Rock, Paper, Scissors

Scissors cut paper, paper covers rock and rock breaks scissors. Such meaningful simplicity. The kind you search for many times (several times on Mondays) but never really fully come to again. I miss the ease that was childhood. Although I do recall several times, I believe it was a fearlessly selfish era laced with just enough doses of cute and cuddly to blissfully be self-seeking, unforgiving and indispensable all at once. Oh, the bliss and the tyranny of the free era. With the years comes a weight of thought that is hard to escape from at best. Life is clearly not a walk in the park. Yes, all those lyrics lured us into bubbles that cannot hold in the gravity we live in now.

This lane is not so bad though. The greatest irony I am coming to terms with is that there is no such thing as running from. Only postponing the time it will take to come to full circle. In retrospect, I recall my running phases with a lot of amusement. I am not much of a runner. The few times I have tried to pull off any such exercise have led to devastating effects. Not kidding – I have fractured my foot once, massively sprained it twice and get this –  almost got run over a  couple of minutes after leaving the gym. I kid you not. I should have taken the hint – I am not meant for running. But yet I still do. I particularly remember this one phase where I just kept running from the obligations of religion and all that I perceived to come with it.

See, I grew up in the nineties when ‘revivals’ were in plenty. Though I still do not fully understand what that truly meant (or why just that one word? Why not a declarative sentence right after it? What was a revival anyway?), I knew enough to know it supercharged atmospheres. Caused many a parent to leave their children behind (or worse, go with) to an unmentionable number of church services. If your folks were really into it, your friend list would be reviewed and cut down to the chosen few that were ‘aligned in spirit.’ Revival things. I am not sure I understood much at the time, but it was planted in me right about then that religion was necessary. So important that it had the single unarguable pass to shatter one’s axis and claim one’s attention so much that children grew up unattended or on their own much like weeds would and life continued even in the bursts of one’s absence. So I feared it increasingly until I did what I know not to do, run. And in that time I still thought a lot of what I did not want to become – detached. But as all troubled souls are prone to do, one thing is replaced by another and work was what I poured myself into. The circle was still coming to. I just did not see it coming. I did not see that in running, I was becoming exactly what I did not want to be. I left myself unattended and life, as always, moved on.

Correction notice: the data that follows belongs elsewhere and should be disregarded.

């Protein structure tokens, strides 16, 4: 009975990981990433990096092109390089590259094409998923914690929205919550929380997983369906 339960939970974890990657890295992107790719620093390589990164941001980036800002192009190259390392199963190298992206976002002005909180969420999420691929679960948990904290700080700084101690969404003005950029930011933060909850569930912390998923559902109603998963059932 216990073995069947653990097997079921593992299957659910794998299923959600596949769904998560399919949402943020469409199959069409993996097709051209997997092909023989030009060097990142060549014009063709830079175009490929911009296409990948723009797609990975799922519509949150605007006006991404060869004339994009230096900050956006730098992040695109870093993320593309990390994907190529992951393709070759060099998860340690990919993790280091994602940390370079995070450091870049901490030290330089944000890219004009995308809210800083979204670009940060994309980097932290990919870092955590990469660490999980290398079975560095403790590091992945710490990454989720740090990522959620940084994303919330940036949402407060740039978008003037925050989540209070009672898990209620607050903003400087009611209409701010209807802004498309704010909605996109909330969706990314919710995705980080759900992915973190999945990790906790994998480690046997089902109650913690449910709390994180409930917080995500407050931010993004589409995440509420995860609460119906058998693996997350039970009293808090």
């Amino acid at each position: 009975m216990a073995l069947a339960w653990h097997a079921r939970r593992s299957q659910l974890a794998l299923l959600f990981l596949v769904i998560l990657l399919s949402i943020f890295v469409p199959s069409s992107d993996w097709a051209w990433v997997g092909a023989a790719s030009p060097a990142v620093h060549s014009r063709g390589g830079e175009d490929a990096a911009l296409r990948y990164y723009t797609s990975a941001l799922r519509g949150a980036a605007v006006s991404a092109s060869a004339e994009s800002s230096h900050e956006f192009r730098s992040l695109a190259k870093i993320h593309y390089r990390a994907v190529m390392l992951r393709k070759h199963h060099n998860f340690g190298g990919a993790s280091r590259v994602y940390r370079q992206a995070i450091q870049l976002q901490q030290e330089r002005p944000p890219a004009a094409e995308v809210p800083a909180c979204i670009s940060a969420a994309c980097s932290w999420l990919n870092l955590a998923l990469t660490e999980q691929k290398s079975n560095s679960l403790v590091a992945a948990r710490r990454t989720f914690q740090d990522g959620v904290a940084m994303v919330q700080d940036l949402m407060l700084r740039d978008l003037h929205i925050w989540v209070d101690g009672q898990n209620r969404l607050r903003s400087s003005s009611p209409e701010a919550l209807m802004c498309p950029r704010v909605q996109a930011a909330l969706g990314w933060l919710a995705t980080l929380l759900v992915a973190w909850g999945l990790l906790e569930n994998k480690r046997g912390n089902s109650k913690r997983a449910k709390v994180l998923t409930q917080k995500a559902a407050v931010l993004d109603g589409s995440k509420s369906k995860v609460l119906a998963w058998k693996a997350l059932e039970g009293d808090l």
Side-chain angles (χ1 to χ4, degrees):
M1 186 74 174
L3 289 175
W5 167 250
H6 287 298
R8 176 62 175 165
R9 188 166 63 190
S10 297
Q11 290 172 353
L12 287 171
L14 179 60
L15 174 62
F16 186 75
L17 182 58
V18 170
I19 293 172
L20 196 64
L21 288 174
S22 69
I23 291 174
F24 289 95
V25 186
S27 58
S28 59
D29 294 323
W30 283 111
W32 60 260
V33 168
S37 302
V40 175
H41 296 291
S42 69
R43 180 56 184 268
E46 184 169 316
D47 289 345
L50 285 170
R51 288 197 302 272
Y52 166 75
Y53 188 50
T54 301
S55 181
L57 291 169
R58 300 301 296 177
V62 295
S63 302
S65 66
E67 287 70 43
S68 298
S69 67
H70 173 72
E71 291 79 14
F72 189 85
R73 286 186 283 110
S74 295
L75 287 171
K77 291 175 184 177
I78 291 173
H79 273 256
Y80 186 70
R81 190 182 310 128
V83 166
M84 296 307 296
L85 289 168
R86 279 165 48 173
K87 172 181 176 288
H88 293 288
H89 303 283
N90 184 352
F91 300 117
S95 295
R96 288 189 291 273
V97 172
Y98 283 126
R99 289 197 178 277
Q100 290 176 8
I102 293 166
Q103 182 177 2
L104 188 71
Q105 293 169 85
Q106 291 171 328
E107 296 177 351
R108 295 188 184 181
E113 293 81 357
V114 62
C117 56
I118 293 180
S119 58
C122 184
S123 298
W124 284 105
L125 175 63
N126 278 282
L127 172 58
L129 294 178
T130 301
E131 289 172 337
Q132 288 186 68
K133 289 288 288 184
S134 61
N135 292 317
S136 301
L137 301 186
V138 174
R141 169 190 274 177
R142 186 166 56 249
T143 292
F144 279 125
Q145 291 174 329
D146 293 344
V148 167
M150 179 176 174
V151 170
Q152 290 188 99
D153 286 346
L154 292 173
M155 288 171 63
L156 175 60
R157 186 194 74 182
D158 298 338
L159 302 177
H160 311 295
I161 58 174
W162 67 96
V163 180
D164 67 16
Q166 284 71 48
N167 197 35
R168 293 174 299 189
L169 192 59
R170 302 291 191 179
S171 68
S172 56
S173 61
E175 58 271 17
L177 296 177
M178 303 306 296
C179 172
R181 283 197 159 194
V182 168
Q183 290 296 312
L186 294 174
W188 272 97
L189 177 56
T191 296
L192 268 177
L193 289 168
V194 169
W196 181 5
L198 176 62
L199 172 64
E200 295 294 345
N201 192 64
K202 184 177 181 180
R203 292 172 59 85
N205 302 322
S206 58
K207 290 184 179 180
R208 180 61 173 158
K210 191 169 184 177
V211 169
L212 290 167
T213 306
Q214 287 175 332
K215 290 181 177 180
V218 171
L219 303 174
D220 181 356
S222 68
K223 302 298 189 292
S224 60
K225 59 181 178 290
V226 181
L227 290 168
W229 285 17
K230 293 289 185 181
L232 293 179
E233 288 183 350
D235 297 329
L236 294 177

From my childhood’s eyes, religion was the problem – but it really wasn’t. I have memories of babysitting myself and watching a massive amount of Oprah. I remember reading through too many books and copies of the readers digests and collecting recipes (Also running up the electric bill with all that experimental baking). I remember being alone a lot but somehow, I do not remember being lonely. I have been ‘diagnosed’ with a dwarfed social IQ by some and a massive by others, so I think it is safe to say it all turned out alright, revival and all. I am now trotting across many lines trying to make a life I can live in, and yes, I do wish I had had more time to spend with my family. Not at revivals, but at home. Learning who they are and just being a child – attended to. Not alone. But I am slow to cast blame because no one wakes up every morning wanting to make the worst out of their days or anyone’s’ at that. One does what one knows to be best at the time.

I am learning that life happens and I can only try to unravel the foundations that underlie mine in the hope that I will understand myself better, and be a better version of me because of it. That is all we have strength to do at the end of the day, no? Rock, paper, scissors – today I got paper, so I cover the rocks and wait for tomorrow. What it will bring, I will use. I will not run; the universe apparently frowns upon it. Do the best you can to learn, to forgive and to keep afloat. It may be hard as hell. Or it may just be as simple as a game of rock, paper, scissors.

You Will Be Enough

You may not believe this, but I have never had many friends. I am friendly with many but friends whose connection last? Those I have always had a habit of having a few at a time.